Please don’t tell me what to wear

Please don’t tell me what to wear

I’m not Muslim. So what if I decided to wear a headscarf in work?

Earlier this week the ECJ, the highest court in the EU, ruled on two different cases concerning employees right to wear headscarves in work.

In one the court ruled that companies have the right to enforce a dress code that prohibits employees from wearing any visible signs of political, philosophical or religious beliefs. That case involved a receptionist at a security firm in Belgium who began wearing a headscarf for religious reasons 3 years after she started working with the company. She refused to stop wearing it and they fired her. The court found that there was an unwritten policy within the company prohibiting employees from wearing overt symbols of their beliefs and that companies have a right to do this.

An internal rule of an undertaking which prohibits the visible wearing of any political, philosophical or religious sign does not constitute direct discrimination.

However, in the absence of such a rule, the willingness of an employer to take account of the wishes of a customer no longer to have the employer’s services provided by a worker wearing an Islamic headscarf cannot be considered an occupational requirement that could rule out discrimination.
Court of Justice of the European Union

In the second case the court found that a design consultant who was dismissed by an IT consultancy firm after her headscarf “embarrassed” some customers may have been discriminated against.

I didn’t read these rulings as discriminating against Muslims because honestly my first impression was – well, if a company wants to enforce a dress policy … I guess they can? Then I watched this report on which points out at the beginning that for some Muslim women wearing a headscarf isn’t a symbol but rather a requirement of their religious beliefs, and a statistic pops up at some point that in Germany only 3% of applicants with CVs that include a photo of them in a headscarf gets called to interview. Which surprised me because Germany is a very liberal country.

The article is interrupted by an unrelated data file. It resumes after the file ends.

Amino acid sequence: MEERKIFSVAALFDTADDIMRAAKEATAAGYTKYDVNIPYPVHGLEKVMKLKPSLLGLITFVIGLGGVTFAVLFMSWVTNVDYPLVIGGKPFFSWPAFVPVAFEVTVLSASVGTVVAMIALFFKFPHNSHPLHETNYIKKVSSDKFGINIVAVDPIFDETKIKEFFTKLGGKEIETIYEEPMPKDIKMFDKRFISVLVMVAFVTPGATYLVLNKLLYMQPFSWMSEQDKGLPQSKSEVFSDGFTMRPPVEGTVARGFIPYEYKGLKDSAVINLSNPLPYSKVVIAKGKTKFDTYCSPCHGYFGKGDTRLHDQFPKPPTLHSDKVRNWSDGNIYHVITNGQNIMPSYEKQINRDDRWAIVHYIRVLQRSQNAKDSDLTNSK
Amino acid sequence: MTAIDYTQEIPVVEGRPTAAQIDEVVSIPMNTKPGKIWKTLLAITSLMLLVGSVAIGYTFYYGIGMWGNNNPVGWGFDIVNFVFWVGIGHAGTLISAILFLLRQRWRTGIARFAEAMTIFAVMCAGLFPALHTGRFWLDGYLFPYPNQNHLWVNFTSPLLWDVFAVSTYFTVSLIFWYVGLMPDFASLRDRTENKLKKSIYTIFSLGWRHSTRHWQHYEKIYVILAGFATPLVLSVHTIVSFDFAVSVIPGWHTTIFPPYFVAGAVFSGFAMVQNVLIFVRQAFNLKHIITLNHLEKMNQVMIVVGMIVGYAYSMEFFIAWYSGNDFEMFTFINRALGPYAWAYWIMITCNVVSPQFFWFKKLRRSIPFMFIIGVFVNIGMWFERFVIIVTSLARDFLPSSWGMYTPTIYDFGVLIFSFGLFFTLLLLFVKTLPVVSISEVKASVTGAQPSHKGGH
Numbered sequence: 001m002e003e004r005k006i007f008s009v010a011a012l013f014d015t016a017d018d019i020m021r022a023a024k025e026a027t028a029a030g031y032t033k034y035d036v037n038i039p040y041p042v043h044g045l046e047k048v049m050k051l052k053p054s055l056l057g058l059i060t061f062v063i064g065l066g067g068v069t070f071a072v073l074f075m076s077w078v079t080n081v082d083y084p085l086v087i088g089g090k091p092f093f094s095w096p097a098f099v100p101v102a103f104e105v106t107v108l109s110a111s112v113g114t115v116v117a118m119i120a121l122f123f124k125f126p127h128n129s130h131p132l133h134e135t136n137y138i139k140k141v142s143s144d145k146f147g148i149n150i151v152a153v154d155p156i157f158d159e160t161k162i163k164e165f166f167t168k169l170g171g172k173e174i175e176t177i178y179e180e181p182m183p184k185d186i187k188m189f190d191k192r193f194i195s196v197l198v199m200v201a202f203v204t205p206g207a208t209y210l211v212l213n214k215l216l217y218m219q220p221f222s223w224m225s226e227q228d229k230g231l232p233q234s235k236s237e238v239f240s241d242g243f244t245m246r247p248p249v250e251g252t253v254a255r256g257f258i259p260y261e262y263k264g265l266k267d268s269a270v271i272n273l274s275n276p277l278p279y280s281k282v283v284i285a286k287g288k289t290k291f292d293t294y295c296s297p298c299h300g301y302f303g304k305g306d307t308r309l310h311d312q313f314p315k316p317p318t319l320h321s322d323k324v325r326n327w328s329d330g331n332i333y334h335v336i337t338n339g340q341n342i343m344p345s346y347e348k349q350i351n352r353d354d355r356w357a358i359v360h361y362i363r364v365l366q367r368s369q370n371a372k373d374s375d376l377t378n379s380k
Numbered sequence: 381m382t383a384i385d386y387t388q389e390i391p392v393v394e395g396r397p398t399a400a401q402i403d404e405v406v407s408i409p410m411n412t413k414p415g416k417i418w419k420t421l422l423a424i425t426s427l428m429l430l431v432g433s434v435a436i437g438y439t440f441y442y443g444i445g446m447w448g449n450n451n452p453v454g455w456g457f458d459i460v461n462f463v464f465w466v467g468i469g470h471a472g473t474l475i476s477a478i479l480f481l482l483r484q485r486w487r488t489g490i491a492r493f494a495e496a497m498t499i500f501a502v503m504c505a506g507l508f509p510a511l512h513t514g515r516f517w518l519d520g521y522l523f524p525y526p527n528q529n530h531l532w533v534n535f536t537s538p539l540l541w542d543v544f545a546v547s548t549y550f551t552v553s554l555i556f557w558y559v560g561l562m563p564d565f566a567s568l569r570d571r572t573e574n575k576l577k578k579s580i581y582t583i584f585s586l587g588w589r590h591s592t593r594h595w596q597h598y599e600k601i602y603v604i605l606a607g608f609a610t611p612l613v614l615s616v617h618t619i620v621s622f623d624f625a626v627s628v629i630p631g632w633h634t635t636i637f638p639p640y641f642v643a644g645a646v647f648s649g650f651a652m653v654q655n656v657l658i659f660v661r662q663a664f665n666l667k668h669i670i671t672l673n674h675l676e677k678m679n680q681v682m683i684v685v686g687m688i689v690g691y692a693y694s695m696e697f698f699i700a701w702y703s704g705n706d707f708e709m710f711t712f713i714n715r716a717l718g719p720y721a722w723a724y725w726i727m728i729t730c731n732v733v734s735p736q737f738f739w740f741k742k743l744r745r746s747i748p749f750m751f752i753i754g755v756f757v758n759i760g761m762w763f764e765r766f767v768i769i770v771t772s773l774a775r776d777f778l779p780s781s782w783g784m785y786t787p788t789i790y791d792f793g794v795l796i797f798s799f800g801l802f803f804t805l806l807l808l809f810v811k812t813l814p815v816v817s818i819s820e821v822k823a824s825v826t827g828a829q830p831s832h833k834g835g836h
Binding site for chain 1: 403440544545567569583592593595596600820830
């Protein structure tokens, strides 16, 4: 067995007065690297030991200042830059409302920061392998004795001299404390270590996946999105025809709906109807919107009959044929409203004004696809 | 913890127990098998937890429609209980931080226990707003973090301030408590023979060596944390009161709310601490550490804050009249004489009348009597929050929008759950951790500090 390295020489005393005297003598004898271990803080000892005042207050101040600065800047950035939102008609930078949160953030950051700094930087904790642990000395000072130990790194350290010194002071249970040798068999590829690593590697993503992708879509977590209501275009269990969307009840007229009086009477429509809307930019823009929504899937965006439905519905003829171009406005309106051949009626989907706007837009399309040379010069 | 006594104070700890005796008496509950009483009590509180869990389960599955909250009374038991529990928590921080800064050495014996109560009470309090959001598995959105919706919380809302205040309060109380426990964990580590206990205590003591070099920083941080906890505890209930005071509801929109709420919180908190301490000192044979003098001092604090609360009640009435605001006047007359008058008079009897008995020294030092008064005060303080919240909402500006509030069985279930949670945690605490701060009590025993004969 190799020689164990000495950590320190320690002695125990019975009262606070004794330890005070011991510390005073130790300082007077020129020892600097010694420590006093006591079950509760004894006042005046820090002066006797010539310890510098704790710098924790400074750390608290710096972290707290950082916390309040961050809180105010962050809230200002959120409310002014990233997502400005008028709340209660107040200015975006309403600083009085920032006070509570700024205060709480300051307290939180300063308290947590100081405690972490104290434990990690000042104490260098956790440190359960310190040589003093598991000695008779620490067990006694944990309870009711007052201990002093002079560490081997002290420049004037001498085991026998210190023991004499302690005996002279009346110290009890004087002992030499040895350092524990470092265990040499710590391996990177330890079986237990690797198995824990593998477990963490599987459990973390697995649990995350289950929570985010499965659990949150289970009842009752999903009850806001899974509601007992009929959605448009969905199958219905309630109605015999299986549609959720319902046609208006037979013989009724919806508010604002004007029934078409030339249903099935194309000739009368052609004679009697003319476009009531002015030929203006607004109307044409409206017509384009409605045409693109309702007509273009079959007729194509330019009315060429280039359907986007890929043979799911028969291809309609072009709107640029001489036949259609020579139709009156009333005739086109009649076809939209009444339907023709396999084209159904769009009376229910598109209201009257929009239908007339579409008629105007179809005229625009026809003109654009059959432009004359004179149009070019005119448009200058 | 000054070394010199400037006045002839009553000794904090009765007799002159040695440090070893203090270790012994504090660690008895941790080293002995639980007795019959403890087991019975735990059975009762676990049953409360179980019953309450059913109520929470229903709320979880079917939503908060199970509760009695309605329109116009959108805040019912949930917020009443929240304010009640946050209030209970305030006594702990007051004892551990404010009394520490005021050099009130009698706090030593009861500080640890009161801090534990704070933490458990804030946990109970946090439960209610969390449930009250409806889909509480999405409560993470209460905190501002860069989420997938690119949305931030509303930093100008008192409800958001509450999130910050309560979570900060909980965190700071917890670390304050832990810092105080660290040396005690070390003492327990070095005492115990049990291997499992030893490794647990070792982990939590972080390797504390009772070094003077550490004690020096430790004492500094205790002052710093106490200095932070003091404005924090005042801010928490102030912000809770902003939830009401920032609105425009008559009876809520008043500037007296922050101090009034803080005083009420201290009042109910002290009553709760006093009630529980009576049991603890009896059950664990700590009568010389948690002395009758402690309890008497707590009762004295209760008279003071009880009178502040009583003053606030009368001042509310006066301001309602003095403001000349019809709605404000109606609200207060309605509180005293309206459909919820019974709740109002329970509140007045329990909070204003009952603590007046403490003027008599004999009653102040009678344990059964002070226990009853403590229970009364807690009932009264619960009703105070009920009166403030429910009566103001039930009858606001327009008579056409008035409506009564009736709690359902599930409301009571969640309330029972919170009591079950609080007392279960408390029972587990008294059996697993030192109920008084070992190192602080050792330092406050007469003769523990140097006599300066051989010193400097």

What does it matter what material I surround myself with? Isn’t it what’s inside that counts?

So that started me thinking about it a little more and then I remembered that story about a receptionist in a financial company in the UK who claimed she was sent home on her first day because she wasn’t wearing heels. She set up a petition, she got some MPs’ backing and the agency she worked for ended up changing their policy.

If something makes you uncomfortable, like wearing heels, because it tenses up your calf muscles or bothers the tendons in your feet, or if it makes you more at ease to wear a hijab or a kippah because that’s what your religion requires, why should your employer be able to tell you what to wear? I can understand people being required to cover up while they’re at work – can you imagine having to work with a bunch of naturists? … in that case I’d be like … no, not having it, no. But I can’t really understand why somebody wearing an extra piece of clothing or wearing flats rather than heels should be a problem for anyone.

If I do my job well shouldn’t that be all that really matters? What do you care what I believe? I have an eclectic set of beliefs so you wouldn’t even know if I’m wearing something that I consider a religious symbol. Oh, so you’d only mind it if the piece of clothing identified me as belonging to a particular group? O.K. … nothing scary about that then…

Also, what if I’m wearing a headscarf but it’s not a symbol of anything? I’m just wearing it because … because that’s what I want to wear – maybe to shield myself from the sun, maybe to give me some added warmth, maybe I’m having hair issues – if I was wearing a headscarf at work for any of these reasons and I was fired when I refused to take off the headscarf would it be considered fair for the company to tell me what to wear in those situations? If not, then we need to ask ourselves why do we consider religion or indeed beliefs in general dangerous? If so, then are we giving companies a little too much say in how employees dress themselves?